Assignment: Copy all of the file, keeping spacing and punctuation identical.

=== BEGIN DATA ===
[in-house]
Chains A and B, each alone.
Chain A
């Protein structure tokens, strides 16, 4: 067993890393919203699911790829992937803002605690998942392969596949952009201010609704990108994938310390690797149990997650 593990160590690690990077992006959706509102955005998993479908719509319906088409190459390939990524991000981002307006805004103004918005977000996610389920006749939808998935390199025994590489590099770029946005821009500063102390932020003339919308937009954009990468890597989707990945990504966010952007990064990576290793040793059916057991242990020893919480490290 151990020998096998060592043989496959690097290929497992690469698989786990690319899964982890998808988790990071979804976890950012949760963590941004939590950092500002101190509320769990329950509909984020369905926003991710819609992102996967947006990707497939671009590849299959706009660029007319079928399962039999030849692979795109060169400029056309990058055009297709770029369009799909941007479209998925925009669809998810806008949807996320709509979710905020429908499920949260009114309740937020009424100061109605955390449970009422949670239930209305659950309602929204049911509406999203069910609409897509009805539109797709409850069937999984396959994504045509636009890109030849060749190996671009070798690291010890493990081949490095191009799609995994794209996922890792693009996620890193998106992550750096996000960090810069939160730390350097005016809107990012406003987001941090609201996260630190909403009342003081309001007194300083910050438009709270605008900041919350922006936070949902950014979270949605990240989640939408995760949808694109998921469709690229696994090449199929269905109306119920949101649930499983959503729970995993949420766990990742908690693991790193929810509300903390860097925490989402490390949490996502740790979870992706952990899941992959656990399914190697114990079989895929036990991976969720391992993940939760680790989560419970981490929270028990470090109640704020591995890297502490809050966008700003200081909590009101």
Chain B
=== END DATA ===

[in-house]
Chains A and B, each alone.
Chain A
């Protein structure tokens, strides 16, 4: 067993890393919203699911790829992937803002605690998942392969596949952009201010609704990108994938310390690797149990997650 593990160590690690990077992006959706509102955005998993479908719509319906088409190459390939990524991000981002307006805004103004918005977000996610389920006749939808998935390199025994590489590099770029946005821009500063102390932020003339919308937009954009990468890597989707990945990504966010952007990064990576290793040793059916057991242990020893919480490290 151990020998096998060592043989496959690097290929497992690469698989786990690319899964982890998808988790990071979804976890950012949760963590941004939590950092500002101190509320769990329950509909984020369905926003991710819609992102996967947006990707497939671009590849299959706009660029007319079928399962039999030849692979795109060169400029056309990058055009297709770029369009799909941007479209998925925009669809998810806008949807996320709509979710905020429908499920949260009114309740937020009424100061109605955390449970009422949670239930209305659950309602929204049911509406999203069910609409897509009805539109797709409850069937999984396959994504045509636009890109030849060749190996671009070798690291010890493990081949490095191009799609995994794209996922890792693009996620890193998106992550750096996000960090810069939160730390350097005016809107990012406003987001941090609201996260630190909403009342003081309001007194300083910050438009709270605008900041919350922006936070949902950014979270949605990240989640939408995760949808694109998921469709690229696994090449199929269905109306119920949101649930499983959503729970995993949420766990990742908690693991790193929810509300903390860097925490989402490390949490996502740790979870992706952990899941992959656990399914190697114990079989895929036990991976969720391992993940939760680790989560419970981490929270028990470090109640704020591995890297502490809050966008700003200081909590009101």
Chain B